As I read on other site, yields on treasuries reversed trend, and are going down.
    The Plunge Protection team will undoubtedly step in, and make sure the crash when it really happens, will be truly epic.

  16. Memento mori says:

    Fed is stock market’s bitch. I fully expect some members to starg giving interviews how QE is being slowed down, stopped or reversed and if that doesnt do the trick then no more interest rates for this year. There is no price discovery or free market, it is all centrally planned , in the name of stability.

  17. mean chicken says:

    “Like watching paint dry”

    Completely discounting any sense of the risk parity paradigm.

  18. van_down_by_river says:

    “…and it’s not until the dip buyers get massively destroyed and stop dip-buying that the market is in real trouble.”

    I don’t think there has been much dip buying the last couple hours of the trading day.

    I wouldn’t write this off as not being a major crash, only time will tell on that score. It has only been two days and there is no telling how far this could drop. It may stop tomorrow or it may continue ceaselessly beyond losses of 80%.

    As you have pointed out on several occasions the Fed is compelled, for credibility reasons, to sit on its hands. I’m certain the Fed will flood the markets with liquidity before the curtain is drawn but the question is: how far will the market fall before the liquidity fire hose is turned back on.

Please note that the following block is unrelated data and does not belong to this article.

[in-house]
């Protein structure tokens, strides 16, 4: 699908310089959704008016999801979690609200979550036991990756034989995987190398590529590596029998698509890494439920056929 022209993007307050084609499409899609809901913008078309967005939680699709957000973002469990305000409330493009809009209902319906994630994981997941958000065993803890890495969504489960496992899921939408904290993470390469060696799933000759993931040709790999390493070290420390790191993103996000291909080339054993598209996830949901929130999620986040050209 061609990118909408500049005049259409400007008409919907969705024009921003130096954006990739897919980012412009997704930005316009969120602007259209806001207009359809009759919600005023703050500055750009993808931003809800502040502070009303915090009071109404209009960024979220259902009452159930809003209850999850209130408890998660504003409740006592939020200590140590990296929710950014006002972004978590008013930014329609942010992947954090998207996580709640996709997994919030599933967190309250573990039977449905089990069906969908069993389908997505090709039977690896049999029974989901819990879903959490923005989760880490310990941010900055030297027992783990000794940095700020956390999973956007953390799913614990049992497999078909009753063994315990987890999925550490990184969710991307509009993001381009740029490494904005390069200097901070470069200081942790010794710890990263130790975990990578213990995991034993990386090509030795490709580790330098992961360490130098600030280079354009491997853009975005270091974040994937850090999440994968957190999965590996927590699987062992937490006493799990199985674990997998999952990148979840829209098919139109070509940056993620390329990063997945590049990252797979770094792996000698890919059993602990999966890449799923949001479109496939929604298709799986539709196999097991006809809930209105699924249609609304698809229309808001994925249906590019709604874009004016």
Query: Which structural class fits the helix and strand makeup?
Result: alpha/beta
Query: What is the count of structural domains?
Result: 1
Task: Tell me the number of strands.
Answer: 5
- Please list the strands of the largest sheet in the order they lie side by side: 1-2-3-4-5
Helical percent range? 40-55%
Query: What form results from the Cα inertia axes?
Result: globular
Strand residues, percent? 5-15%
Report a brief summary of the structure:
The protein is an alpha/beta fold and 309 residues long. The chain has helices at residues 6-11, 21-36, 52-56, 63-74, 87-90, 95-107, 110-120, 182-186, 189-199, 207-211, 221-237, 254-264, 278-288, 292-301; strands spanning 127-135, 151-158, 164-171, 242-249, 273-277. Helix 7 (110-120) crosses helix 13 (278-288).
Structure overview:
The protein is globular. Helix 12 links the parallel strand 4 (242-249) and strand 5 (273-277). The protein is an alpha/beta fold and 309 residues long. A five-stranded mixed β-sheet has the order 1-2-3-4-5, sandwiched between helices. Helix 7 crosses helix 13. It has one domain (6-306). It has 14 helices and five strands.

I feel like I’ve seen this play twice already and it doesn’t end well. Maybe this time it will all blow over and markets will continue higher – but I doubt it. I think this is it, this is the big one. She’s gonna blow. Thanks Ben, you have brought us to ruin.

    How could Ben Bernanke believe inflating an enormous, dangerous, out-of-control asset bubble was a good idea? I think the day of reckoning has arrived – If the Fed feels they cannot flood market with more easy money the market is going to come down, and come down hard. Ben Bernanke can put that in is wealth effect pipe and smoke it.

    • Maximus Minimus says:

      There will always be some dip buyers:

      • IdahoPotato says:

        For me the sun is shining and the rainbows are out. I’m buying Apple, Berkshire (hammered unfairly because of the Wells Fargo news) and dang, missed JNJ yesterday when it dipped to 122.5 for for five minutes or so.

        I don’t sell for years once I buy something and this week is going to be good. If this keeps up, it’s going to be great.

    • another Mike says:

      I’ve been buying this dip, it’s been glorious.